Houston commits $200 million to more coronavirus testing, contact tracing

The city of Houston has committed to allocate $200 million of its CARES Act funding toward testing and contact tracing. (Courtesy HTV)
The city of Houston has committed to allocate $200 million of its CARES Act funding toward testing and contact tracing. (Courtesy HTV)

The city of Houston has committed to allocate $200 million of its CARES Act funding toward testing and contact tracing. (Courtesy HTV)

The Houston Health Department plans to operate 24 new coronavirus testing sites and deploy 300 contact tracers by the end of the month, city officials announced May 7.

The new testing sites, a combination of fixed and mobile locations, will first target underserved communities in the city where poor access to health care and testing is causing higher rates of severe cases and deaths per capita.

Sites will relocate however is needed to serve as much of the city as possible, Houston coronavirus recovery czar Marvin Odum said.

To contain positive cases, contact tracers hired through the Houston Health Department will work to identify and contact those who may have come in contact with an infected individual.

The spread of new cases can be mitigated by the cooperation of those who test positive or are exposed, Houston Emergency Medicine Director Dr. David Persse said.


"They will need to follow the advice of the public health folks who call them so they don't spread the virus," Persse said of the effort. "At the end of the day, it's the individual's responsibility. No matter how big we make the army, we can't sit outside of your house and make sure you follow the rules."

Prior to the coronavirus outbreak, the Houston Health Department employed 45 contact tracers to limit the spread of other infectious diseases, Houston Health Department Director Steve Williams said. As the outbreak began, the department repurposed current health department employees to the effort, bringing the total number to 125.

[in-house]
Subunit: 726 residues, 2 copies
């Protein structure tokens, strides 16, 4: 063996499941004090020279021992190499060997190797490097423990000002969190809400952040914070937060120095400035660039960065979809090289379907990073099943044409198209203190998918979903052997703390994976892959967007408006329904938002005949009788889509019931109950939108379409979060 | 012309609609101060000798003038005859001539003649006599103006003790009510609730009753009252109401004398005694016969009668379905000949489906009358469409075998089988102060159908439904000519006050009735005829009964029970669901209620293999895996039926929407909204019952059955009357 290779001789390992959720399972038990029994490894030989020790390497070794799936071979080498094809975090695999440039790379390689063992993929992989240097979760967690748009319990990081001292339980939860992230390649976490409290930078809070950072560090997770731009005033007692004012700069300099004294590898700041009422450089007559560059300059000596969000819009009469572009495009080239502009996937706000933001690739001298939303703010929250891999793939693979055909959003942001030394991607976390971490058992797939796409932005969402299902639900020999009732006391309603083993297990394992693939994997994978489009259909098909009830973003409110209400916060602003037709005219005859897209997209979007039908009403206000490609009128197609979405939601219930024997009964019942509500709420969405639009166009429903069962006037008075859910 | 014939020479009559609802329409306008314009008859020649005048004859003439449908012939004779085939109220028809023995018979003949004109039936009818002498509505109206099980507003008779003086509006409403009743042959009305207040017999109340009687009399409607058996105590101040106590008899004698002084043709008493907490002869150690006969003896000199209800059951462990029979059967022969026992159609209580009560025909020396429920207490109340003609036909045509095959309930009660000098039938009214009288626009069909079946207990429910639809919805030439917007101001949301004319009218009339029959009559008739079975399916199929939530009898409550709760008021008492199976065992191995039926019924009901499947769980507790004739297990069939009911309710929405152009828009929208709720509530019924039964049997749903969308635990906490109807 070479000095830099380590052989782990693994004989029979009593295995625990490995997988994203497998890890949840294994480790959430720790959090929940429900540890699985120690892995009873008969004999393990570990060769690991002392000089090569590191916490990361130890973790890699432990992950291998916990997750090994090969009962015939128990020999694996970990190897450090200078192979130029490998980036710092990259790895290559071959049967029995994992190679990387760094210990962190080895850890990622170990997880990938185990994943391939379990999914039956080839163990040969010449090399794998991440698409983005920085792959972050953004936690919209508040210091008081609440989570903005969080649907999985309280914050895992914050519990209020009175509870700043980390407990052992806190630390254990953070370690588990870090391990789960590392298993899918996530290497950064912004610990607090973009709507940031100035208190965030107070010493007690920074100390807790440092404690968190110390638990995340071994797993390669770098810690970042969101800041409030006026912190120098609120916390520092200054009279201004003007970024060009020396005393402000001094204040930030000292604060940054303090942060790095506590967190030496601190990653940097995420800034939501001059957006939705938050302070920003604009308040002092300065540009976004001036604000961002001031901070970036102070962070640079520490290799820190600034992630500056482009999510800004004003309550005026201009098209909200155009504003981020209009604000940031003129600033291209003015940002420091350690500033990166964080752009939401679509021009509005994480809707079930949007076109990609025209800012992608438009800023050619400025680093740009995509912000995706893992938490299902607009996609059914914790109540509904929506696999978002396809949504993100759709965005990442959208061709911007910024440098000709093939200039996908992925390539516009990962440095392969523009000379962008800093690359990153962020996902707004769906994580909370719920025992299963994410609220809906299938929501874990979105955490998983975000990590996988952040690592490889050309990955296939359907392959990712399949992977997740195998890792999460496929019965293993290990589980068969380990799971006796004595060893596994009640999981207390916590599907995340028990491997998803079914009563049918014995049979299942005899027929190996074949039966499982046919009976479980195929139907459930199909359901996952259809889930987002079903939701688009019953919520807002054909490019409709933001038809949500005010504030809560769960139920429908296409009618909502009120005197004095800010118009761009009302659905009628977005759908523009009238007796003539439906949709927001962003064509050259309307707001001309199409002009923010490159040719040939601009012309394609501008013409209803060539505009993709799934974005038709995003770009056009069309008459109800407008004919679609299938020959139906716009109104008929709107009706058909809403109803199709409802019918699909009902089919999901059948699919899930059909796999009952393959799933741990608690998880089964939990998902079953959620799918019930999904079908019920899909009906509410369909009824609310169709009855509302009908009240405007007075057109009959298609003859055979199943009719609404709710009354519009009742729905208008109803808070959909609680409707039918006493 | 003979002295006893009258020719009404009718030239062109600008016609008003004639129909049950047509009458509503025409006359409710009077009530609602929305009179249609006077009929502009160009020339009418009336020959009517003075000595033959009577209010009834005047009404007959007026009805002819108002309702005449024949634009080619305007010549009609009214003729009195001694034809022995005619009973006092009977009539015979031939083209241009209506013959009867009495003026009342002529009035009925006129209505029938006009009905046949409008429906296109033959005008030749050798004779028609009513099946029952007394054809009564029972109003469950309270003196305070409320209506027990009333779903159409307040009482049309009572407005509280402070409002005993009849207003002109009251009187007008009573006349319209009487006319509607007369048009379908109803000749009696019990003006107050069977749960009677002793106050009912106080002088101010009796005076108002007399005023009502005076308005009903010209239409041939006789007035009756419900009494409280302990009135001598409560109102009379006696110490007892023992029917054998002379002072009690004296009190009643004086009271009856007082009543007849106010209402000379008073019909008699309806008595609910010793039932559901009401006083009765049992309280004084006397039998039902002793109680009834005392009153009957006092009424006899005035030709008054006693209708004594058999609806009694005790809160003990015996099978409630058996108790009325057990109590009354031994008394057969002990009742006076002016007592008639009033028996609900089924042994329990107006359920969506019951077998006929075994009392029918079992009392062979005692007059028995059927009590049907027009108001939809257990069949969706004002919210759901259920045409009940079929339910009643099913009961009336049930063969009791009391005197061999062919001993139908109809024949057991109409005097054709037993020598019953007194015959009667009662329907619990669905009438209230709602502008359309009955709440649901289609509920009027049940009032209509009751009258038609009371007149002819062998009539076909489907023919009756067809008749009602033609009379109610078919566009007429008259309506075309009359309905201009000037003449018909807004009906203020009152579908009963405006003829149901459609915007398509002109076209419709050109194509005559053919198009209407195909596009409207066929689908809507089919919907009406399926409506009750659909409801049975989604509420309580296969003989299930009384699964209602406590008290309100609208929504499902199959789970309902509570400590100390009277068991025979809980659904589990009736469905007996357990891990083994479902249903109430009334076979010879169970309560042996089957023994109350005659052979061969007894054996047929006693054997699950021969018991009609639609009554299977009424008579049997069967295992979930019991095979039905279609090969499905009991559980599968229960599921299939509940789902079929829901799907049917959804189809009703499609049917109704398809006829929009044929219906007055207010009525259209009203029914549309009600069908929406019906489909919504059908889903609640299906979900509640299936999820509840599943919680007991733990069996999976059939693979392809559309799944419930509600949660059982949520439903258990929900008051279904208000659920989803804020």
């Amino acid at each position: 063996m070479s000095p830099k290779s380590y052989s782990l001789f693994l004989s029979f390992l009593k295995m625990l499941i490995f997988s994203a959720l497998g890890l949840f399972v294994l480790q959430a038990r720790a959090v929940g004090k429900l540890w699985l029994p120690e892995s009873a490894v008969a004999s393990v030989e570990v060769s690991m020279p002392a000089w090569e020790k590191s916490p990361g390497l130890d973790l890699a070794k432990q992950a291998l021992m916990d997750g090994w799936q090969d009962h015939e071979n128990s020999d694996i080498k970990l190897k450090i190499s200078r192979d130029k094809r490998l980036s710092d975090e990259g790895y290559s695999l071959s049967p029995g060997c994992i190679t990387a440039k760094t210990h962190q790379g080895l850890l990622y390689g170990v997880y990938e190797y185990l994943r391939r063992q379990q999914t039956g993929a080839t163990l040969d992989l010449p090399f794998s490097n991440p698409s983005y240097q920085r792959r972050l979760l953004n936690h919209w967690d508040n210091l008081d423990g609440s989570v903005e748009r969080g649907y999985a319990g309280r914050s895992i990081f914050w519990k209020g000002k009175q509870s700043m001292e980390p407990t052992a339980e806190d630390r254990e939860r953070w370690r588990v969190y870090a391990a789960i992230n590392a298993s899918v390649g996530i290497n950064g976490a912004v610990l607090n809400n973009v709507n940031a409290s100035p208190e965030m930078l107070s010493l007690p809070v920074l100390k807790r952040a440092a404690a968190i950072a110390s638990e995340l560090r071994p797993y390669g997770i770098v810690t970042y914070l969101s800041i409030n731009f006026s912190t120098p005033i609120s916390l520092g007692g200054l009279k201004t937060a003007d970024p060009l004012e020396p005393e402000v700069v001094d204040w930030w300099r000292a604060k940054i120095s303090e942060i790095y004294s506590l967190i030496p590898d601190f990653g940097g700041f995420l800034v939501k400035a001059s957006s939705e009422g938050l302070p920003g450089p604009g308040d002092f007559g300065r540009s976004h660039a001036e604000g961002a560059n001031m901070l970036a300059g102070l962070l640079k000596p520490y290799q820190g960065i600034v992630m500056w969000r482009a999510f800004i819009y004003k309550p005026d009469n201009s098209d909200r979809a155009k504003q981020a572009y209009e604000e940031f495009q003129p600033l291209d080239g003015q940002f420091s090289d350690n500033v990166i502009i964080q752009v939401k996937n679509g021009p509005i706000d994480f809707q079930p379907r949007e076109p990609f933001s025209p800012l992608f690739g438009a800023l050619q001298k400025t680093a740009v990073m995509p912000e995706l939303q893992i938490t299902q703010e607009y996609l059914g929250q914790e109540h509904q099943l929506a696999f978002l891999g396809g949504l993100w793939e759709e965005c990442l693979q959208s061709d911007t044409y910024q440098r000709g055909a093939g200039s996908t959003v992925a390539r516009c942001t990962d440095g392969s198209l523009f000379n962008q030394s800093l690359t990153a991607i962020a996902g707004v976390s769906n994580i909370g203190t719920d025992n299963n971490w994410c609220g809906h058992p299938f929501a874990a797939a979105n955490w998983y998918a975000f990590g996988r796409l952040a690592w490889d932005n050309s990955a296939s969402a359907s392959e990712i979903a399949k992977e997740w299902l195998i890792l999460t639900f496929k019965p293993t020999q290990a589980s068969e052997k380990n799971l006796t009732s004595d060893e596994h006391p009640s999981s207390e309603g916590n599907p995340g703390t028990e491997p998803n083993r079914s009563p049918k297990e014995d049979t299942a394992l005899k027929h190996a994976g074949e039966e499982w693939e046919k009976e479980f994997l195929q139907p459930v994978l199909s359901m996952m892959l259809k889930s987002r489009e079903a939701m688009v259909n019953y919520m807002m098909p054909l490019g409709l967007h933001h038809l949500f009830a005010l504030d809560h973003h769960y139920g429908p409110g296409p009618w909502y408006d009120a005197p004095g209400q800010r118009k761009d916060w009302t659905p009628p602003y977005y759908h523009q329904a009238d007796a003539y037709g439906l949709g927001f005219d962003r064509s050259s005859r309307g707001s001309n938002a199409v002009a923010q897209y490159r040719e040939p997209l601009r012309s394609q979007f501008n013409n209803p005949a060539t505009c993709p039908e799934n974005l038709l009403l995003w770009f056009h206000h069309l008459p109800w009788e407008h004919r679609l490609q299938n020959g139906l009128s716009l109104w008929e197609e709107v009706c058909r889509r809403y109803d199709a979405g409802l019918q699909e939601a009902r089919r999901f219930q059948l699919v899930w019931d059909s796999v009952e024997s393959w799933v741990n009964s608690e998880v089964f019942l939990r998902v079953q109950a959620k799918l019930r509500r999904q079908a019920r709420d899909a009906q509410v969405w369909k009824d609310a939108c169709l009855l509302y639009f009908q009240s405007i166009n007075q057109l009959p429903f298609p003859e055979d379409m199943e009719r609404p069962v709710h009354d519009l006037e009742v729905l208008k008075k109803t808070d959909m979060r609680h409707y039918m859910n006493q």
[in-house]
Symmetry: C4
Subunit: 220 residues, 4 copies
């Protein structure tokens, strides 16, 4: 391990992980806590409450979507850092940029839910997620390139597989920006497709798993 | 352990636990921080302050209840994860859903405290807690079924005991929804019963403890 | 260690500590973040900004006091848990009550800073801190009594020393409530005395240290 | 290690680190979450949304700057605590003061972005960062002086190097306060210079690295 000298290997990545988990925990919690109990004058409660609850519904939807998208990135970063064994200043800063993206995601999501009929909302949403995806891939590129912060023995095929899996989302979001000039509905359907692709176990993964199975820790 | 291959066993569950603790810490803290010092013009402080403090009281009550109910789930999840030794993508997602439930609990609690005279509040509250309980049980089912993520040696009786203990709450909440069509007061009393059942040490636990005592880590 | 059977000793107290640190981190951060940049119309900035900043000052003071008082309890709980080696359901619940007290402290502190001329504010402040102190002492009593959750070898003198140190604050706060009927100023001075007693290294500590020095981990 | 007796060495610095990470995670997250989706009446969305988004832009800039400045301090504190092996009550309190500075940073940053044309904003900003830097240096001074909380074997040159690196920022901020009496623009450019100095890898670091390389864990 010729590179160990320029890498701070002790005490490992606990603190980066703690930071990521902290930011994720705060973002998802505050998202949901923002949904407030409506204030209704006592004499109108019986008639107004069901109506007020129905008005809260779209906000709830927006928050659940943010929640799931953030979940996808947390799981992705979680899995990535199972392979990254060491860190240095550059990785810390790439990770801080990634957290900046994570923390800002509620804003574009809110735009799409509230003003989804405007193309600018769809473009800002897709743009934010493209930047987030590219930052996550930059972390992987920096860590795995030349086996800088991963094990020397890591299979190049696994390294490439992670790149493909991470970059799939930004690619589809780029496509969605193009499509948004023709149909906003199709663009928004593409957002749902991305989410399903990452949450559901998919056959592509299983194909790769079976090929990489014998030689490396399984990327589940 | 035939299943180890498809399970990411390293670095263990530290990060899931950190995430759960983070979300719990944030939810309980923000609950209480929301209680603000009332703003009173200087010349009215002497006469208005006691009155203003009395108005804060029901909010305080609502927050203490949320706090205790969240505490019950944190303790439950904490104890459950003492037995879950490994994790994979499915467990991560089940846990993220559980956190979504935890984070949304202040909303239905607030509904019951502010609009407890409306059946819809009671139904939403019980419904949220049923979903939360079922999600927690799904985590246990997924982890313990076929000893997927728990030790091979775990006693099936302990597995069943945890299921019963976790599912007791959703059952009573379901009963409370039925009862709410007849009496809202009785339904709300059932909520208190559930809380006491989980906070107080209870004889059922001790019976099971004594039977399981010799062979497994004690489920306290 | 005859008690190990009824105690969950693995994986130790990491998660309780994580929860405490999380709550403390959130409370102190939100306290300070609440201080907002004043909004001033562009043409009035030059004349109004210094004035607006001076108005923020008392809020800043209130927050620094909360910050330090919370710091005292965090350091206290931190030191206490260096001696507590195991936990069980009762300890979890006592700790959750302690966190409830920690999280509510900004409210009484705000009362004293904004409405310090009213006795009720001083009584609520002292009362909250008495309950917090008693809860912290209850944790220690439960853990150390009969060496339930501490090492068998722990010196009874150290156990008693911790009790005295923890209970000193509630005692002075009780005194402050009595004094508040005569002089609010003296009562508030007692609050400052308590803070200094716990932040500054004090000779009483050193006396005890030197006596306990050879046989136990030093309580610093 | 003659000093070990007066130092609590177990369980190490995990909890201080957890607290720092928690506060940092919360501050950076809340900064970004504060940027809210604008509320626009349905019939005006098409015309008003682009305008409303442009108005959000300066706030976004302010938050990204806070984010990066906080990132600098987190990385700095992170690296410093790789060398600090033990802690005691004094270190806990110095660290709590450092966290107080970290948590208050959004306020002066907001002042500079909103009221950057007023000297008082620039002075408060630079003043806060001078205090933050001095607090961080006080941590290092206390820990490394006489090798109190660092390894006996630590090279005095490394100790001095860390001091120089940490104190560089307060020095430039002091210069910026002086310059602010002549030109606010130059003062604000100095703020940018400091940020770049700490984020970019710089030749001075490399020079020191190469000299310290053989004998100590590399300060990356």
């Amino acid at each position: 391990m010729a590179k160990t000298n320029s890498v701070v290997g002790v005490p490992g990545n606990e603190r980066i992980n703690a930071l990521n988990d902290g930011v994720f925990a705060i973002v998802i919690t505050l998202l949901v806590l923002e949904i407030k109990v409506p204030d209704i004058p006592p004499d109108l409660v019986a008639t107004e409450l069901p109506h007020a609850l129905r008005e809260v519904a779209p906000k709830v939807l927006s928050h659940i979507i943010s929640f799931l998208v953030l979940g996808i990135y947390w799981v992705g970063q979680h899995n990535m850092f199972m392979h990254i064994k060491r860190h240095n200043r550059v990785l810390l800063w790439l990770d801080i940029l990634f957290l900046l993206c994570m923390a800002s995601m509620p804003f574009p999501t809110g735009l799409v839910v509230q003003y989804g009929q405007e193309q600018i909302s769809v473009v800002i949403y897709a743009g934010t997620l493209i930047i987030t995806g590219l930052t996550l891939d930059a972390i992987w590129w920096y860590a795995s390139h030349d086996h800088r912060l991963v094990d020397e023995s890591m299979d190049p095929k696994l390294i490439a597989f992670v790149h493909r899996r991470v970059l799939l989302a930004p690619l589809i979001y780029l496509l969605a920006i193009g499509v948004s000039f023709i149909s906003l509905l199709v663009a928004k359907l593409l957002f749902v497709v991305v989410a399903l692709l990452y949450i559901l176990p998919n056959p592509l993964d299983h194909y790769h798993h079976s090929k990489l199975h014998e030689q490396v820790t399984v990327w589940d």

As statewide restrictions on business closures ease, Mayor Sylvester Turner said the city will need to monitor case counts to avoid another spike in infections.

"My concern is that if by moving too quickly ... we are not going to manage this virus very well," Turner said. "Testing, contact tracing and individual responsibility, hopefully, will help so that we don't face what we faced in March and April and we don't have to enforce work-safe orders again."

The new sites and contact tracers will cost about $200 million and will be paid for through the city's $404 million allocation of federal funding from the Coronavirus Aid, Relief and Economic Security Act, Turner said. The city committed another $15 million of the same funding on a rent relief program approved by Houston City Council on May 6.

In similar efforts, Harris County announced an initiative April 28 to hire 300 new contact tracers, and 10 Houston-area health centers received federal grant funding May 7 to expand testing operations.

Editor's note: this post has been updated for clarity.
By Emma Whalen
Emma is Community Impact Newspaper's Houston City Hall reporter. Previously, she covered public health, education and features for several Austin-area publications. A Boston native, she is a former student athlete and alumna of The University of Texas at Austin.


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